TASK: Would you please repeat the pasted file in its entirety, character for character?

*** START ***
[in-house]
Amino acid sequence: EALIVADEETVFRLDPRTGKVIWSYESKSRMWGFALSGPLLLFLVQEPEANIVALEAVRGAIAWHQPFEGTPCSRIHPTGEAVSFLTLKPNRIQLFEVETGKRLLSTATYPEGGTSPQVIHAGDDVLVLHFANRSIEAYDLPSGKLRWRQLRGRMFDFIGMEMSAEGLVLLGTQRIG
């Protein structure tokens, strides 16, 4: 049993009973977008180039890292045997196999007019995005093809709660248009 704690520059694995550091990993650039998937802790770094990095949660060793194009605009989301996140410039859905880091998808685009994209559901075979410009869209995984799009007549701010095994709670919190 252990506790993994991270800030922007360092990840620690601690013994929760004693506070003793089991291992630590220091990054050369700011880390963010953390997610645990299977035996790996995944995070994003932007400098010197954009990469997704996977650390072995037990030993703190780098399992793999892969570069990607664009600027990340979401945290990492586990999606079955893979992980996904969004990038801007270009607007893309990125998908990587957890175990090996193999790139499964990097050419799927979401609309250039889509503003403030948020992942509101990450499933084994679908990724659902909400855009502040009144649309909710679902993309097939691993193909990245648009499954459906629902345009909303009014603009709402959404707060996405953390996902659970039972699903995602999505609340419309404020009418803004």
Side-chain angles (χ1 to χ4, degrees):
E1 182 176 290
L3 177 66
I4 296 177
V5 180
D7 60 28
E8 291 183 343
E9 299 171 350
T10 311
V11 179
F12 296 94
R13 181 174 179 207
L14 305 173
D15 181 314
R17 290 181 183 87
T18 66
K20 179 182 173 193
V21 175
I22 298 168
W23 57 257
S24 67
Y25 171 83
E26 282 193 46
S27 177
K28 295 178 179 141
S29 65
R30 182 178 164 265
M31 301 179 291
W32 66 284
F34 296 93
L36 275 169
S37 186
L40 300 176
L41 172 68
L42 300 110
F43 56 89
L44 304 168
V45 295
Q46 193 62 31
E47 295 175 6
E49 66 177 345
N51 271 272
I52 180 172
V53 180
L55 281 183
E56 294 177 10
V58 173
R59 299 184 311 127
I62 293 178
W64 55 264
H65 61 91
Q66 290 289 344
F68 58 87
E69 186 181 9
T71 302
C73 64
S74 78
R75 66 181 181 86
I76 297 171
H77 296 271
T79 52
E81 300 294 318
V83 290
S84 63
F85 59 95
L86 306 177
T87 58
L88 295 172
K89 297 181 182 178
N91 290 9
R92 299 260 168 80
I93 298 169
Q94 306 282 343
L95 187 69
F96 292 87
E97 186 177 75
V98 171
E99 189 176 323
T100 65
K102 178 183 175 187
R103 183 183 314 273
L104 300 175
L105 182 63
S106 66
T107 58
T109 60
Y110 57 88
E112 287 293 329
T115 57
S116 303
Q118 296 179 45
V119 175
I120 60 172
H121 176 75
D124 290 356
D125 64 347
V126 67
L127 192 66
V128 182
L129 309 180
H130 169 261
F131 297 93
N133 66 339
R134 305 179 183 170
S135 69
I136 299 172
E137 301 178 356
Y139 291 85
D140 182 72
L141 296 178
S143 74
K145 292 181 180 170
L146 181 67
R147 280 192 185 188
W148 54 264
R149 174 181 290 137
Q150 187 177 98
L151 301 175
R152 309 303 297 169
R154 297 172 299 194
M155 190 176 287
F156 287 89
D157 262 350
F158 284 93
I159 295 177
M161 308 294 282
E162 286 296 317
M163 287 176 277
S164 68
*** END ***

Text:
[in-house]
Amino acid sequence: EALIVADEETVFRLDPRTGKVIWSYESKSRMWGFALSGPLLLFLVQEPEANIVALEAVRGAIAWHQPFEGTPCSRIHPTGEAVSFLTLKPNRIQLFEVETGKRLLSTATYPEGGTSPQVIHAGDDVLVLHFANRSIEAYDLPSGKLRWRQLRGRMFDFIGMEMSAEGLVLLGTQRIG
């Protein structure tokens, strides 16, 4: 049993009973977008180039890292045997196999007019995005093809709660248009 704690520059694995550091990993650039998937802790770094990095949660060793194009605009989301996140410039859905880091998808685009994209559901075979410009869209995984799009007549701010095994709670919190 252990506790993994991270800030922007360092990840620690601690013994929760004693506070003793089991291992630590220091990054050369700011880390963010953390997610645990299977035996790996995944995070994003932007400098010197954009990469997704996977650390072995037990030993703190780098399992793999892969570069990607664009600027990340979401945290990492586990999606079955893979992980996904969004990038801007270009607007893309990125998908990587957890175990090996193999790139499964990097050419799927979401609309250039889509503003403030948020992942509101990450499933084994679908990724659902909400855009502040009144649309909710679902993309097939691993193909990245648009499954459906629902345009909303009014603009709402959404707060996405953390996902659970039972699903995602999505609340419309404020009418803004």
Side-chain angles (χ1 to χ4, degrees):
E1 182 176 290
L3 177 66
I4 296 177
V5 180
D7 60 28
E8 291 183 343
E9 299 171 350
T10 311
V11 179
F12 296 94
R13 181 174 179 207
L14 305 173
D15 181 314
R17 290 181 183 87
T18 66
K20 179 182 173 193
V21 175
I22 298 168
W23 57 257
S24 67
Y25 171 83
E26 282 193 46
S27 177
K28 295 178 179 141
S29 65
R30 182 178 164 265
M31 301 179 291
W32 66 284
F34 296 93
L36 275 169
S37 186
L40 300 176
L41 172 68
L42 300 110
F43 56 89
L44 304 168
V45 295
Q46 193 62 31
E47 295 175 6
E49 66 177 345
N51 271 272
I52 180 172
V53 180
L55 281 183
E56 294 177 10
V58 173
R59 299 184 311 127
I62 293 178
W64 55 264
H65 61 91
Q66 290 289 344
F68 58 87
E69 186 181 9
T71 302
C73 64
S74 78
R75 66 181 181 86
I76 297 171
H77 296 271
T79 52
E81 300 294 318
V83 290
S84 63
F85 59 95
L86 306 177
T87 58
L88 295 172
K89 297 181 182 178
N91 290 9
R92 299 260 168 80
I93 298 169
Q94 306 282 343
L95 187 69
F96 292 87
E97 186 177 75
V98 171
E99 189 176 323
T100 65
K102 178 183 175 187
R103 183 183 314 273
L104 300 175
L105 182 63
S106 66
T107 58
T109 60
Y110 57 88
E112 287 293 329
T115 57
S116 303
Q118 296 179 45
V119 175
I120 60 172
H121 176 75
D124 290 356
D125 64 347
V126 67
L127 192 66
V128 182
L129 309 180
H130 169 261
F131 297 93
N133 66 339
R134 305 179 183 170
S135 69
I136 299 172
E137 301 178 356
Y139 291 85
D140 182 72
L141 296 178
S143 74
K145 292 181 180 170
L146 181 67
R147 280 192 185 188
W148 54 264
R149 174 181 290 137
Q150 187 177 98
L151 301 175
R152 309 303 297 169
R154 297 172 299 194
M155 190 176 287
F156 287 89
D157 262 350
F158 284 93
I159 295 177
M161 308 294 282
E162 286 296 317
M163 287 176 277
S164 68